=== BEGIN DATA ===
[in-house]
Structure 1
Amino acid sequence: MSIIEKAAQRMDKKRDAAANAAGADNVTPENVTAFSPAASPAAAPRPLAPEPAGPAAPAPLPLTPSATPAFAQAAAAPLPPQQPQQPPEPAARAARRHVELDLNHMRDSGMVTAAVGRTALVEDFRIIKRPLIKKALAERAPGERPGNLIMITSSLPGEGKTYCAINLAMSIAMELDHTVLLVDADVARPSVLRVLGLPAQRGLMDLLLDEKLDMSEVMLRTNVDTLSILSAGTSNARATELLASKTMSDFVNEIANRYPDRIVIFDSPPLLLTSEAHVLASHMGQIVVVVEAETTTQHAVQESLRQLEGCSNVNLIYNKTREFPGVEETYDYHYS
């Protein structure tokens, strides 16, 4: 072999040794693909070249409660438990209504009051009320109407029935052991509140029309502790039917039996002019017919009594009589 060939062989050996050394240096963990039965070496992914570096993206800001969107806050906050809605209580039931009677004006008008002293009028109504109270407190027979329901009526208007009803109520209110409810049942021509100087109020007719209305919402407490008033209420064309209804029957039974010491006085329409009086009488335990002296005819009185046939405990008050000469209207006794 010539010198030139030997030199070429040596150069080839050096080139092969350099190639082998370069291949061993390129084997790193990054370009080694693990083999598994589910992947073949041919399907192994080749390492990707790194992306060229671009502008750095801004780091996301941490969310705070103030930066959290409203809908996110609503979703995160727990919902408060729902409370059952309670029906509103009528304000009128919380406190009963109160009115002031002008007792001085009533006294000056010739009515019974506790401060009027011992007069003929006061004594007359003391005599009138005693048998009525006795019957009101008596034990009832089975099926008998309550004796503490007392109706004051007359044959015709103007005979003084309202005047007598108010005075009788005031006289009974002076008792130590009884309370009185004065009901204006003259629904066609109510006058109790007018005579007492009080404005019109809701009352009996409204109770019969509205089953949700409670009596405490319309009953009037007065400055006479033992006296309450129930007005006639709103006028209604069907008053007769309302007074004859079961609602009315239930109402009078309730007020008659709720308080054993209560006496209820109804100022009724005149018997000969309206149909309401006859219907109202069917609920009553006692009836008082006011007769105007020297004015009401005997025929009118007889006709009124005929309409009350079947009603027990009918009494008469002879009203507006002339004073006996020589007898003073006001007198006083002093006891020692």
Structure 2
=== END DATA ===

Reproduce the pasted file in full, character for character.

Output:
[in-house]
Structure 1
Amino acid sequence: MSIIEKAAQRMDKKRDAAANAAGADNVTPENVTAFSPAASPAAAPRPLAPEPAGPAAPAPLPLTPSATPAFAQAAAAPLPPQQPQQPPEPAARAARRHVELDLNHMRDSGMVTAAVGRTALVEDFRIIKRPLIKKALAERAPGERPGNLIMITSSLPGEGKTYCAINLAMSIAMELDHTVLLVDADVARPSVLRVLGLPAQRGLMDLLLDEKLDMSEVMLRTNVDTLSILSAGTSNARATELLASKTMSDFVNEIANRYPDRIVIFDSPPLLLTSEAHVLASHMGQIVVVVEAETTTQHAVQESLRQLEGCSNVNLIYNKTREFPGVEETYDYHYS
């Protein structure tokens, strides 16, 4: 072999040794693909070249409660438990209504009051009320109407029935052991509140029309502790039917039996002019017919009594009589 060939062989050996050394240096963990039965070496992914570096993206800001969107806050906050809605209580039931009677004006008008002293009028109504109270407190027979329901009526208007009803109520209110409810049942021509100087109020007719209305919402407490008033209420064309209804029957039974010491006085329409009086009488335990002296005819009185046939405990008050000469209207006794 010539010198030139030997030199070429040596150069080839050096080139092969350099190639082998370069291949061993390129084997790193990054370009080694693990083999598994589910992947073949041919399907192994080749390492990707790194992306060229671009502008750095801004780091996301941490969310705070103030930066959290409203809908996110609503979703995160727990919902408060729902409370059952309670029906509103009528304000009128919380406190009963109160009115002031002008007792001085009533006294000056010739009515019974506790401060009027011992007069003929006061004594007359003391005599009138005693048998009525006795019957009101008596034990009832089975099926008998309550004796503490007392109706004051007359044959015709103007005979003084309202005047007598108010005075009788005031006289009974002076008792130590009884309370009185004065009901204006003259629904066609109510006058109790007018005579007492009080404005019109809701009352009996409204109770019969509205089953949700409670009596405490319309009953009037007065400055006479033992006296309450129930007005006639709103006028209604069907008053007769309302007074004859079961609602009315239930109402009078309730007020008659709720308080054993209560006496209820109804100022009724005149018997000969309206149909309401006859219907109202069917609920009553006692009836008082006011007769105007020297004015009401005997025929009118007889006709009124005929309409009350079947009603027990009918009494008469002879009203507006002339004073006996020589007898003073006001007198006083002093006891020692």
Structure 2